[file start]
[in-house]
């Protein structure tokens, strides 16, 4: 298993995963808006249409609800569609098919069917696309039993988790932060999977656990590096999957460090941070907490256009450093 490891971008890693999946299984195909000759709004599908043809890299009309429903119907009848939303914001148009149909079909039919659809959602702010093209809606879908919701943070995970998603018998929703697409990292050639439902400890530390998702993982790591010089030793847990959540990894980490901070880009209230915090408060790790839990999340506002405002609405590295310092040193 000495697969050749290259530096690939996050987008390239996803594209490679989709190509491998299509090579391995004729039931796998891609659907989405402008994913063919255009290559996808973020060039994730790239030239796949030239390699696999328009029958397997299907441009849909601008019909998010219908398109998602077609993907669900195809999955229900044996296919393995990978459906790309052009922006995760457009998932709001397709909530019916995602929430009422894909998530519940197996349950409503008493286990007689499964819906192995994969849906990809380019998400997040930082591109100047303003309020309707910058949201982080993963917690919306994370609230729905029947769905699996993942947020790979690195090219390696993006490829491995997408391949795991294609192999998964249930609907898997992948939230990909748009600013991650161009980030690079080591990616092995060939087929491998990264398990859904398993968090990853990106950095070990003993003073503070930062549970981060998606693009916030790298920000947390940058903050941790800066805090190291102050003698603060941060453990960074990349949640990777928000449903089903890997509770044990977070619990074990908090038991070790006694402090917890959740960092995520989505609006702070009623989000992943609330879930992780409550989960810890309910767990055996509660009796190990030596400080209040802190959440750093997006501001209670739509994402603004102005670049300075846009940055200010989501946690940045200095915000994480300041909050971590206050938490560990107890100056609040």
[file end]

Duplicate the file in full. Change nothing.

[in-house]
């Protein structure tokens, strides 16, 4: 298993995963808006249409609800569609098919069917696309039993988790932060999977656990590096999957460090941070907490256009450093 490891971008890693999946299984195909000759709004599908043809890299009309429903119907009848939303914001148009149909079909039919659809959602702010093209809606879908919701943070995970998603018998929703697409990292050639439902400890530390998702993982790591010089030793847990959540990894980490901070880009209230915090408060790790839990999340506002405002609405590295310092040193 000495697969050749290259530096690939996050987008390239996803594209490679989709190509491998299509090579391995004729039931796998891609659907989405402008994913063919255009290559996808973020060039994730790239030239796949030239390699696999328009029958397997299907441009849909601008019909998010219908398109998602077609993907669900195809999955229900044996296919393995990978459906790309052009922006995760457009998932709001397709909530019916995602929430009422894909998530519940197996349950409503008493286990007689499964819906192995994969849906990809380019998400997040930082591109100047303003309020309707910058949201982080993963917690919306994370609230729905029947769905699996993942947020790979690195090219390696993006490829491995997408391949795991294609192999998964249930609907898997992948939230990909748009600013991650161009980030690079080591990616092995060939087929491998990264398990859904398993968090990853990106950095070990003993003073503070930062549970981060998606693009916030790298920000947390940058903050941790800066805090190291102050003698603060941060453990960074990349949640990777928000449903089903890997509770044990977070619990074990908090038991070790006694402090917890959740960092995520989505609006702070009623989000992943609330879930992780409550989960810890309910767990055996509660009796190990030596400080209040802190959440750093997006501001209670739509994402603004102005670049300075846009940055200010989501946690940045200095915000994480300041909050971590206050938490560990107890100056609040």